John Elway, Dan Marino, Jim Kelley, Porsche 944. You may think that one of these things is not like the other, but they’re more similar than you think. The NFL’s Class of ‘83—where some of the greatest quarterbacks in football history were drafted into the pro ranks—occurred the same year that Porsche introduced the 944 into the ranks of the sports car elite.
At this point, we could make all kinds of sports metaphors, but that’s as far as we’ll go. Suffice it to say that the 944, while somewhat polarizing to Porsche purists, remains one of the finest GT cars ever produced. It is now also one of the best bargains in the used sporty car marketplace.
History and Lineage
Europeans got their first taste of the 944 in 1981, but we in the States had to wait until the 1983 model was released on May 1, 1982. The 944 was an evolution of the 924, in that it used the basic body structure (while adding its own distinctive fender flares), interior, suspension and brakes from the 924 Turbo to surround its own 150-horsepower, 2.5-liter, inline four-cylinder engine. This engine was basically half of a 928’s five-liter V8. The four shared a cylinder head, valves, bore and stroke and combustion chamber shape with the big V8.
Like the 924, the 944’s suspension featured McPherson struts and coil springs up front and semi-trailing arms with torsion bars out back. To help achieve a more favorable weight distribution, Porsche engineers designed the car to use a transaxle that was part of the rear differential. A torque tube linked the gearbox to the engine. Vented front and rear disc brakes with 15-inch alloy wheels were also standard equipment.
Porsche purists initially snubbed the 944, just as they had rejected the 924 throughout most of its life, due to its front-mounted water-cooled engine. Everyone knows, of course, that all real Porsches are cooled only by God’s air and have the engine out back.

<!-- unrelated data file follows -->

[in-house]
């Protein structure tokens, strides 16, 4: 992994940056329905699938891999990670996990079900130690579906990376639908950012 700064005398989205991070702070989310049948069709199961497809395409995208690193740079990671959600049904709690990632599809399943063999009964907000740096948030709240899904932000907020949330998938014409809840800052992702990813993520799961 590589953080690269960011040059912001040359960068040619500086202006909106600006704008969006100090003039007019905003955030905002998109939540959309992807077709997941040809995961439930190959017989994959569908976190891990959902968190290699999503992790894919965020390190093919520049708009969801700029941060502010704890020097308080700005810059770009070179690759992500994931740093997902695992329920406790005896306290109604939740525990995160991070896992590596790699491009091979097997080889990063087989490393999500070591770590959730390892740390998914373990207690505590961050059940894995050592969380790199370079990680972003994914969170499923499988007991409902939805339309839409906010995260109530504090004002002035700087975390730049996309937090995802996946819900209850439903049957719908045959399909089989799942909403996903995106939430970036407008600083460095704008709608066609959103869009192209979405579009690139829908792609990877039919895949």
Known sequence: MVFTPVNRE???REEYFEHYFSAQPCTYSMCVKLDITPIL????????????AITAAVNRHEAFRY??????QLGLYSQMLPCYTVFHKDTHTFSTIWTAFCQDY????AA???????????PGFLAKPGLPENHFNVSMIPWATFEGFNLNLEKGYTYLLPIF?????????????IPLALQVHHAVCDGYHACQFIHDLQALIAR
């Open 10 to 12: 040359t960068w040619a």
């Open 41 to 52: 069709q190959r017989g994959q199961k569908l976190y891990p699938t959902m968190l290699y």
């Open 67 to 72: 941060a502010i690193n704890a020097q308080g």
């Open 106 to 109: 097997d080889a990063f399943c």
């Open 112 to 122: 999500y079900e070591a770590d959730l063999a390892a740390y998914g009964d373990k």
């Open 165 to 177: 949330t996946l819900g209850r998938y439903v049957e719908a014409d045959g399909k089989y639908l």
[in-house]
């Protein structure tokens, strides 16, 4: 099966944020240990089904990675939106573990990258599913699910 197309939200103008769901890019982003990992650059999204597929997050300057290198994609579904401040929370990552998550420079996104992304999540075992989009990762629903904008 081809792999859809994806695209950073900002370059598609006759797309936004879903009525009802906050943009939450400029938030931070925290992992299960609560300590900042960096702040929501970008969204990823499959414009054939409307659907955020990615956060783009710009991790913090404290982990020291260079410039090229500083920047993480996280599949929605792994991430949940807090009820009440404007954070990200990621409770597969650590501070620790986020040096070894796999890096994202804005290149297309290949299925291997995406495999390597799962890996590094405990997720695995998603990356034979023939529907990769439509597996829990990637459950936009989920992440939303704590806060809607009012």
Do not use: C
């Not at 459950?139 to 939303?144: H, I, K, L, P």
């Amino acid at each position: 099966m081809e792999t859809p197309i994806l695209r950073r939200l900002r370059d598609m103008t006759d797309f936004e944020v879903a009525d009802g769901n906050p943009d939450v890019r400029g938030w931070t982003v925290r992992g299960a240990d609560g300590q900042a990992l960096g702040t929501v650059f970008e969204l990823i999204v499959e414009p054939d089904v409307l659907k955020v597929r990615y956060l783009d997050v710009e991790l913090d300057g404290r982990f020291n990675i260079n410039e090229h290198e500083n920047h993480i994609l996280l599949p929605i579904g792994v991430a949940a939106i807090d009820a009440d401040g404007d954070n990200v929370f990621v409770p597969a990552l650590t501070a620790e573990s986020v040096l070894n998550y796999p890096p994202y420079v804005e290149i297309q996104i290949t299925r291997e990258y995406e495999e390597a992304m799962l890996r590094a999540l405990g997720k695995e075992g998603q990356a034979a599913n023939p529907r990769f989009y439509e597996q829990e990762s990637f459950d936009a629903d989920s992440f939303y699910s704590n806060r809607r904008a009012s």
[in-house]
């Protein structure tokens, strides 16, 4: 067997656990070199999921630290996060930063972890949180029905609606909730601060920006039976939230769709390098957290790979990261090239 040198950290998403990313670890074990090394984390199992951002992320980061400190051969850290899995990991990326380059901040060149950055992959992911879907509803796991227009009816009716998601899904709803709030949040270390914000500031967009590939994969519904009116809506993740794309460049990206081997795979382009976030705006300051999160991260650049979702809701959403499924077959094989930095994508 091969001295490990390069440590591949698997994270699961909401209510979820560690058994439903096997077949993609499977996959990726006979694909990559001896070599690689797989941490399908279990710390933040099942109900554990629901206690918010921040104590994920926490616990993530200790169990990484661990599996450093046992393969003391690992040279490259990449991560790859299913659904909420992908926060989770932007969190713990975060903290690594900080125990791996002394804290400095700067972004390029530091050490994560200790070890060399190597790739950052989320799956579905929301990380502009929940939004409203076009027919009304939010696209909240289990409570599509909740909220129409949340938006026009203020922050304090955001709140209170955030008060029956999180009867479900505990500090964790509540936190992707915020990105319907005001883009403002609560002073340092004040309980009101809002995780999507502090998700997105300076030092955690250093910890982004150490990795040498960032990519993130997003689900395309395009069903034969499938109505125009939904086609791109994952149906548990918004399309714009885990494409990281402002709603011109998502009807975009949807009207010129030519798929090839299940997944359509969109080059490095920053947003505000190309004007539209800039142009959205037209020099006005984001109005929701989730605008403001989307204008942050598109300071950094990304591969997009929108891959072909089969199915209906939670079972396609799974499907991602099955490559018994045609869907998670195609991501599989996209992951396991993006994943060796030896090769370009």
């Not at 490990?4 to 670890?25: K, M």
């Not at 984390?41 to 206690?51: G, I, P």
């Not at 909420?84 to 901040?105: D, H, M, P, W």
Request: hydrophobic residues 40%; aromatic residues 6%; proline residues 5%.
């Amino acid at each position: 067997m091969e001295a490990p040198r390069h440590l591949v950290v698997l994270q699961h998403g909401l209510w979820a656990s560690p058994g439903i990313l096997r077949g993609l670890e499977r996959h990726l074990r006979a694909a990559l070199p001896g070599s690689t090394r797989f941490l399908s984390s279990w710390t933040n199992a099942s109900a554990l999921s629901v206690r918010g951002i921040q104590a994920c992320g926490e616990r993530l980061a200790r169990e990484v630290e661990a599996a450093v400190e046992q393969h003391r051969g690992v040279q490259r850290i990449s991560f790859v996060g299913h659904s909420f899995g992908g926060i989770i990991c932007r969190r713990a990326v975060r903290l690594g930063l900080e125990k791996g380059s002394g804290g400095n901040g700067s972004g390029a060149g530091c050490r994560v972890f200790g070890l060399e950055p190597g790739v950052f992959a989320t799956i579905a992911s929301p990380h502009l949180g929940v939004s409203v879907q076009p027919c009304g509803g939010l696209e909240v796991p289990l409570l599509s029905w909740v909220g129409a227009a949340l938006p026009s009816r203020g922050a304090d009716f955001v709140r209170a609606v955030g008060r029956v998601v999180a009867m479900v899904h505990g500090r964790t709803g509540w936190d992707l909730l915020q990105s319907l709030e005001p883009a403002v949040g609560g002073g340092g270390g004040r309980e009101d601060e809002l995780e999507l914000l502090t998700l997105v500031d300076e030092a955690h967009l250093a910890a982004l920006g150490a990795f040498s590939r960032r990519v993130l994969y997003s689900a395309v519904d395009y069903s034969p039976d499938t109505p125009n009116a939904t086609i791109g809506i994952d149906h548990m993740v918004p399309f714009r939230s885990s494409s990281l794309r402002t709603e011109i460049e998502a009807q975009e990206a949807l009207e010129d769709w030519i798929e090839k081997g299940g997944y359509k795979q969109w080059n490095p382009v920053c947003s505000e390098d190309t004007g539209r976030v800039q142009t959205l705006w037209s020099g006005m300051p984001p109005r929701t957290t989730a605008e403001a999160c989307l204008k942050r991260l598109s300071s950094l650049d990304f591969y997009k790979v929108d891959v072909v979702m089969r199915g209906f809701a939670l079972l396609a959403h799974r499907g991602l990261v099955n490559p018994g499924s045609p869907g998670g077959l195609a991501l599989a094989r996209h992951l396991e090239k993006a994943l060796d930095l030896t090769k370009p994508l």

The 944, however, soon did more than any other water-cooled Porsche had ever done to endear itself to the hardcores. The 944 was praised for its incredible handling, even winning a Car and Driver 10Best award as Best Steering Car in 1985. The engine, while not amazingly powerful by today’s standards, produced a very flat and usable torque curve-ideal for sporty driving. Maintenance costs and schedules were also reasonable, something that Porsche owners were certainly not used to. There was such demand for these cars that a waiting list nearly two-and-a-half YEARS long formed soon after the 944 was introduced.
The 944 grew a turbo in 1986, and power jumped a whopping 30 percent, to 217 horsepower. This put the 944 into true supercar territory, as it took on the Corvette, Ferrari 308 and even the 911 as one of the fastest, most usable performance cars of the era.
The 944S-basically a 944 with a 16-valve head-was introduced in 1987. Power was up to 188 horsepower, and the stellar chassis remained. This model was sold alongside the regular 944 and the Turbo. For 1988, a bump in compression ratio from 9.5:1 to 10.2:1 pushed the regular 944’s power up eight horsepower to 158.
The Turbo S was also introduced in 1988. Based on the normal 944 Turbo, the S had some significant changes that made it a much more serious car. A modified turbo and computer provided more boost over the entire rev range, the clutch was a heavy-duty unit designed to handle increased power, the first and second gear sets were specially hardened, a limited-slip differential and trans oil cooler were standard, shocks and springs were upgraded to Koni coil-over units, 928 brakes were used all around and bushings were of a harder durometer rubber than on the standard Turbo. Only 1000 of these cars were built in 1988.
However, for the 1989 model year, the specs that made the Turbo S so special were adapted to the entire 944 Turbo lineup, meaning those cool Turbo S goodies weren’t as hard to come by anymore. This move was mainly due to the introduction of the 944 S2 and the need to distance the Turbo, performance-wise, from this new, normally-aspirated 944.
The S2 featured a massive 3.0-liter, 16-valve four-cylinder engine that cranked out 208 horsepower. The S2 also featured the swoopy, smooth-front bodywork from the Turbo, but was available in coupe and convertible configurations.
The Turbo and the S2 were still sold alongside the standard 944, which entered its final year with a displacement increase to 2.7 liters and a corresponding power increase to 162 horsepower. The Turbo also ended production at the end of 1989, leaving the S2 as the only 944 until its evolution into the 968 in 1992.